The Basics: Build Muscle for Better Health
Strength training is about more than getting buff
We all know how important cardiovascular exercise is -- how it's great for
your heart, cholesterol, and blood pressure. And whether you choose to walk,
bicycle, or jog, you know that any exercise that increases your heart rate
helps you burn calories and melt away unwanted pounds.
But that's only half the equation.
For a balanced fitness program, strength training is essential. It can slow
the muscle loss that comes with age, build the strength of your muscles and
connective tissues, increase bone density, cut your risk of injury, and help
ease arthritis pain.
"Strength training is very important, not just for your muscles but for
your bones," says certified fitness trainer Debbie Siebers. "It's
preventative for [bone-thinning] osteoporosis and other problems."
Studies from the CDC have found that muscle-building exercise can also
improve balance, reduce the likelihood of falls, improve blood-sugar control,
and improve sleep and mental health.
And let us not forget the weight-loss benefits. Not only does it make you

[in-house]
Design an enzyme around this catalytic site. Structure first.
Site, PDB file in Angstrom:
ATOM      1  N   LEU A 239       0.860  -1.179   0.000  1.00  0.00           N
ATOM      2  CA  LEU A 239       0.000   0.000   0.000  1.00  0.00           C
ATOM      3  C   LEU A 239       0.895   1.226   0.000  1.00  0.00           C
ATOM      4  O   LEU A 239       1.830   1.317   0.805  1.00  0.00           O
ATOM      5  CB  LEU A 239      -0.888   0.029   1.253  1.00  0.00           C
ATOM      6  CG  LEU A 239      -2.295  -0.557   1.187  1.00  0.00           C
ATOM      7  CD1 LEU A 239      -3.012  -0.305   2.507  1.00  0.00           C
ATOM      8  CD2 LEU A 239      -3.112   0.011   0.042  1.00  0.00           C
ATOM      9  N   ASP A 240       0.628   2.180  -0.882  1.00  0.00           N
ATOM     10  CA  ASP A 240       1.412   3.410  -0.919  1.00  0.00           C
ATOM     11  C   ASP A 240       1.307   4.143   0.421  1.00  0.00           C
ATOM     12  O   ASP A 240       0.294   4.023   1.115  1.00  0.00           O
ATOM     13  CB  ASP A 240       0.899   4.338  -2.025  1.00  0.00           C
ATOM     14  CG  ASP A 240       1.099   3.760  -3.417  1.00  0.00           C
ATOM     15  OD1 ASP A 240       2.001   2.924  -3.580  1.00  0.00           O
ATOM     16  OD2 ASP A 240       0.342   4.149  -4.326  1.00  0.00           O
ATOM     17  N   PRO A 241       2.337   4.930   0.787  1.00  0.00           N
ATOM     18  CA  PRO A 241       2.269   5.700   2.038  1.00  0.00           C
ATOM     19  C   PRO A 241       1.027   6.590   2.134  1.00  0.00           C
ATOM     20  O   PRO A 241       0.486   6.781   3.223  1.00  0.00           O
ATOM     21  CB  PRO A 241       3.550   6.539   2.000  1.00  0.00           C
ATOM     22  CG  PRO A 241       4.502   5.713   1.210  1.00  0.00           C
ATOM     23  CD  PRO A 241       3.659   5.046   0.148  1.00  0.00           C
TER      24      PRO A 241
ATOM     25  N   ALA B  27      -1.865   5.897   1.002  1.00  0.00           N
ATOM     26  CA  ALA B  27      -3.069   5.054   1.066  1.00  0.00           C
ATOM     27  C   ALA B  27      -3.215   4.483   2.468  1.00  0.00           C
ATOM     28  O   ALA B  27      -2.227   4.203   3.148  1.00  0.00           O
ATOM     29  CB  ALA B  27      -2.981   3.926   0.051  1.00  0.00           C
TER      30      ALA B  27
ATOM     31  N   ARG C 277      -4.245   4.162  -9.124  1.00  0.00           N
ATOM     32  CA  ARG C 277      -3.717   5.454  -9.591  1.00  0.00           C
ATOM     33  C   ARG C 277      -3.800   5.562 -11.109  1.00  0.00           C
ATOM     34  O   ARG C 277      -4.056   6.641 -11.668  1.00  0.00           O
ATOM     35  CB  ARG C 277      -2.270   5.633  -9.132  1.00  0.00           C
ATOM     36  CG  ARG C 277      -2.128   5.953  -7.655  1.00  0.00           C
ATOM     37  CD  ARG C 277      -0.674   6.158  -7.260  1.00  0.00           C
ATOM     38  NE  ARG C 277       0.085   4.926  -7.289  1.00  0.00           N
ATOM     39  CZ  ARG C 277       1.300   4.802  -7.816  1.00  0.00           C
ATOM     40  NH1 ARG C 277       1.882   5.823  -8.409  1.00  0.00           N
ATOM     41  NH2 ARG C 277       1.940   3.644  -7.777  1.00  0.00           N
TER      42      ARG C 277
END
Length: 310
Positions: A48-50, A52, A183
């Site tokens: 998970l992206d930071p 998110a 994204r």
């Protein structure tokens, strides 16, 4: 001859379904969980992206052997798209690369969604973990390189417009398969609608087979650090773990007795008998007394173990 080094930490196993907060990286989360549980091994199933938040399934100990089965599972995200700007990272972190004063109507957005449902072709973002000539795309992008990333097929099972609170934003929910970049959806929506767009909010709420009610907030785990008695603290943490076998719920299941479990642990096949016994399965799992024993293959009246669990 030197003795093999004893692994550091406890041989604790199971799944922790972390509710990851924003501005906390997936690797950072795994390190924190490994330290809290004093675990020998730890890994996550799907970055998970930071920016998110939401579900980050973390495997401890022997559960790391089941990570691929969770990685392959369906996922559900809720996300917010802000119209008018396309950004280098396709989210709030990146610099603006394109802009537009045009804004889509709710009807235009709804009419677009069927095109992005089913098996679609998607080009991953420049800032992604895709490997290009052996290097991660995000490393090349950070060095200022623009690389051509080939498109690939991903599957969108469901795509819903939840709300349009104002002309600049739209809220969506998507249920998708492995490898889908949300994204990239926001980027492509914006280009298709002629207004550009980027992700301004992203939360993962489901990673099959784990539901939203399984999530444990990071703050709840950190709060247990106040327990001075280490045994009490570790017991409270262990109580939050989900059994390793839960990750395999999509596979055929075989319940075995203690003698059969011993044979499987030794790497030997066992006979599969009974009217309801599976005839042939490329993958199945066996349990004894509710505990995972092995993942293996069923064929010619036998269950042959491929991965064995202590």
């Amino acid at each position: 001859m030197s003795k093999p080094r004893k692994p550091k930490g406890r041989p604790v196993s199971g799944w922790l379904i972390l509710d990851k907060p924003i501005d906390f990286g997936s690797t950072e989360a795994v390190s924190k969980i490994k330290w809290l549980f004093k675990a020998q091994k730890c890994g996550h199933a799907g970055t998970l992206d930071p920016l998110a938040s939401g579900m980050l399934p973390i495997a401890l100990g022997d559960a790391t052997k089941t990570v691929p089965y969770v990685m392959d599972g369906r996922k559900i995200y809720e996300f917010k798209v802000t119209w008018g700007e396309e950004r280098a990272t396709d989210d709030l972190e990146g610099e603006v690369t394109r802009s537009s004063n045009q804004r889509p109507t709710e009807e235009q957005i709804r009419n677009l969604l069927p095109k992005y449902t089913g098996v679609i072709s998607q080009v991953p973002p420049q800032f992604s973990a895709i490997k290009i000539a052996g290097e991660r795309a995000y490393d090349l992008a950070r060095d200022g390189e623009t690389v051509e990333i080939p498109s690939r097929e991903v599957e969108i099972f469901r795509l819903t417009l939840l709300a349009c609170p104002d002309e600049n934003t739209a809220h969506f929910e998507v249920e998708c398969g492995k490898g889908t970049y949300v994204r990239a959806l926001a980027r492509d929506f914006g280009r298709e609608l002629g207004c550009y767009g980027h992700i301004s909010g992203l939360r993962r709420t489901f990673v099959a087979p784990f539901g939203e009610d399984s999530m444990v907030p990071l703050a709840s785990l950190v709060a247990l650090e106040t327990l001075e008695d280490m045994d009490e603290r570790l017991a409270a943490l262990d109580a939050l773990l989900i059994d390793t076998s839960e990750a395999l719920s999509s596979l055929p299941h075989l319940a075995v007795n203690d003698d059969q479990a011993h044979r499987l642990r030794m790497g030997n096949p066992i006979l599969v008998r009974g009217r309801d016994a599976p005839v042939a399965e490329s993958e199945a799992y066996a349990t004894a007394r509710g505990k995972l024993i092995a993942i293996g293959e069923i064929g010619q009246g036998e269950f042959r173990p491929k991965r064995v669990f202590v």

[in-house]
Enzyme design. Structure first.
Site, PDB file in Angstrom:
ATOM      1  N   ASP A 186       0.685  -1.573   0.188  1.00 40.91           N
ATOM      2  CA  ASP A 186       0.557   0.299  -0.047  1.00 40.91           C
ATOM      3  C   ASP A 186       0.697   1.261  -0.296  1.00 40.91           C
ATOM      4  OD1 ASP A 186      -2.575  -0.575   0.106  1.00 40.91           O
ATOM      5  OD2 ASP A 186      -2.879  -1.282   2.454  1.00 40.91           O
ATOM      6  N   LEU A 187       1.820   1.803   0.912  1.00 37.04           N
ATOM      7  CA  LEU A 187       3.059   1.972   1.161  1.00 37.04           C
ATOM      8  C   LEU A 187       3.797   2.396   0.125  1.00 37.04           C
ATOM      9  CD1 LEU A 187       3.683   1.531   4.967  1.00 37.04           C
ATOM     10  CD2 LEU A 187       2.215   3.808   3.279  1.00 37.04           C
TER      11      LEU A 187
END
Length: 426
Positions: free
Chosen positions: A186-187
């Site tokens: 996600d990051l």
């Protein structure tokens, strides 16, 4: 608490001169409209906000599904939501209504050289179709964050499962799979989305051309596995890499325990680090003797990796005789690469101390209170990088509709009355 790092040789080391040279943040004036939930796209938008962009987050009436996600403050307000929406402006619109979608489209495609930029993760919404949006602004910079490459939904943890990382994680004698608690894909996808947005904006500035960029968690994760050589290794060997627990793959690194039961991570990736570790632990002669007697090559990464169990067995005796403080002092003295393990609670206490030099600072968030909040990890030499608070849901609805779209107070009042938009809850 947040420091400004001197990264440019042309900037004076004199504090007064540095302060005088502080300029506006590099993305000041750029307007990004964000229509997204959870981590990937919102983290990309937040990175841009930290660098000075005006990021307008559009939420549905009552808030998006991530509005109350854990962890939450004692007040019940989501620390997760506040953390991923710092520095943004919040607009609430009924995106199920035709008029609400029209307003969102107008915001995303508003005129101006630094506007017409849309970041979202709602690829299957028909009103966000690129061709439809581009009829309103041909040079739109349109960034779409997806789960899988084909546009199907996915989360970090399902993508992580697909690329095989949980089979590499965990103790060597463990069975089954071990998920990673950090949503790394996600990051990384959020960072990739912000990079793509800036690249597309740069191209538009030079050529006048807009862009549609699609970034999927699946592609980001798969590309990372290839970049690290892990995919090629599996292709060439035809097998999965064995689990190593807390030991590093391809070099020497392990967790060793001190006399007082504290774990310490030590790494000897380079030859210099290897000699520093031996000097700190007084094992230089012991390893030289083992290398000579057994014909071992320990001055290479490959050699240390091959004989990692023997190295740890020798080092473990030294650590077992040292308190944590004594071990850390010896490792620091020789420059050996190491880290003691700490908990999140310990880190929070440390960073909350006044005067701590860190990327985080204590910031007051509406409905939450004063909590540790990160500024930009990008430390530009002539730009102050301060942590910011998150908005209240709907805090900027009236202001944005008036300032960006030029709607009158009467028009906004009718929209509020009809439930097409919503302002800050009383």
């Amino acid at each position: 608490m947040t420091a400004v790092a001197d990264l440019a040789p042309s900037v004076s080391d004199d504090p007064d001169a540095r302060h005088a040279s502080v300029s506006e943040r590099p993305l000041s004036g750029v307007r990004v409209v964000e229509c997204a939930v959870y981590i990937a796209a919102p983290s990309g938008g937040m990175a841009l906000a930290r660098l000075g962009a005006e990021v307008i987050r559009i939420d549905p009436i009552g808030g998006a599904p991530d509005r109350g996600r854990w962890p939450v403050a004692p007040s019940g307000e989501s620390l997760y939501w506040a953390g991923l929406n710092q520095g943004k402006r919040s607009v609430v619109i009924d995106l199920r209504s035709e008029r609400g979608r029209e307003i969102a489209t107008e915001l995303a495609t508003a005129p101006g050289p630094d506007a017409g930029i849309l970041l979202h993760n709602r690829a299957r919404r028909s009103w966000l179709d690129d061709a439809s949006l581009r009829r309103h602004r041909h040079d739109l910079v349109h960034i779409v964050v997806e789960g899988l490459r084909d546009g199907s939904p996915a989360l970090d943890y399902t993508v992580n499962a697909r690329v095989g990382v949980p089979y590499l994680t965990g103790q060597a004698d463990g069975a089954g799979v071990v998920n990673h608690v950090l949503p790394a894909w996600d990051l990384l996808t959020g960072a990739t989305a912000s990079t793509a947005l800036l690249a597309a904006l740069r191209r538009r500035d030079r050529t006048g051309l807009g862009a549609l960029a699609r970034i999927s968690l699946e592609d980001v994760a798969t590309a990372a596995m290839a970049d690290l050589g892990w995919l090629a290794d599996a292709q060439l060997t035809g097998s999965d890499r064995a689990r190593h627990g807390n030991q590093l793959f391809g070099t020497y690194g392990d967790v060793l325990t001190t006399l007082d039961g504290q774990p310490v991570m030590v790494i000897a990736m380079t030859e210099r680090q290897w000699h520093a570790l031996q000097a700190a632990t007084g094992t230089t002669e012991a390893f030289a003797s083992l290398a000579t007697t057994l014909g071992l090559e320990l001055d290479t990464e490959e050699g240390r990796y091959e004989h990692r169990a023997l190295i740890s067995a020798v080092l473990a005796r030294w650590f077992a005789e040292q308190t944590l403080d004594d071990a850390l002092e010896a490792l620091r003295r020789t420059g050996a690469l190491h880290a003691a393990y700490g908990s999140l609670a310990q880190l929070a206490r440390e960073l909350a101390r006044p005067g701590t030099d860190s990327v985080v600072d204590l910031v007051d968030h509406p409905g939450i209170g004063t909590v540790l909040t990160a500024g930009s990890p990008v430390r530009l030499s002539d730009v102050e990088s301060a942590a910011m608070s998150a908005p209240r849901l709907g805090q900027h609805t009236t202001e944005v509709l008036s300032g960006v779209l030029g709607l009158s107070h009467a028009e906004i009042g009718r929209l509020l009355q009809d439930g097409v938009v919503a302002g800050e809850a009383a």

look trimmer and shapelier, but building muscle also helps you burn calories --
even after your workout is done.
"Three to four hours after a strength-training workout, you're still
burning calories," says Seibers, a creator of fitness videos including the
"Slim in 6" series.
Strength training is especially important for dieters. When you lose weight,
up to a quarter of the loss may come from muscle, which can slow your
metabolism. Strength training helps you rebuild any muscle you lost by dieting
-- or keep you from losing it in the first place.
So you're convinced of strength training's virtues. But just how do you go
about getting started?
The weight room at the gym, with all the buff bodies and complicated-looking
equipment, can be intimidating to a beginner. Indeed, for someone with back or
joint pain, just picking up a weight might seem daunting. Then there's the
issue of proper form: Without it, you could do more harm than good trying to
Your best bet when starting out, the experts say, is one-on-one help from a
qualified fitness trainer -- whether it's a personal trainer you've hired, or
an instructor at your gym. A trainer can address your personal goals and
limitations and can help you with alignment and execution of each exercise.
"I can't tell you how many people I see with a knee injury because they
were not taught correctly how to do a lunge or squat," says Sue Carver,
physical therapist with A World of Difference Therapy Services in Little Rock,
Siebers also recommends checking out books, videos, and/or fitness- and
health-related web sites for guidance on exercises and form.
Indeed, good technique, not heavy lifting, should be your primary goal in
the beginning, Carver says.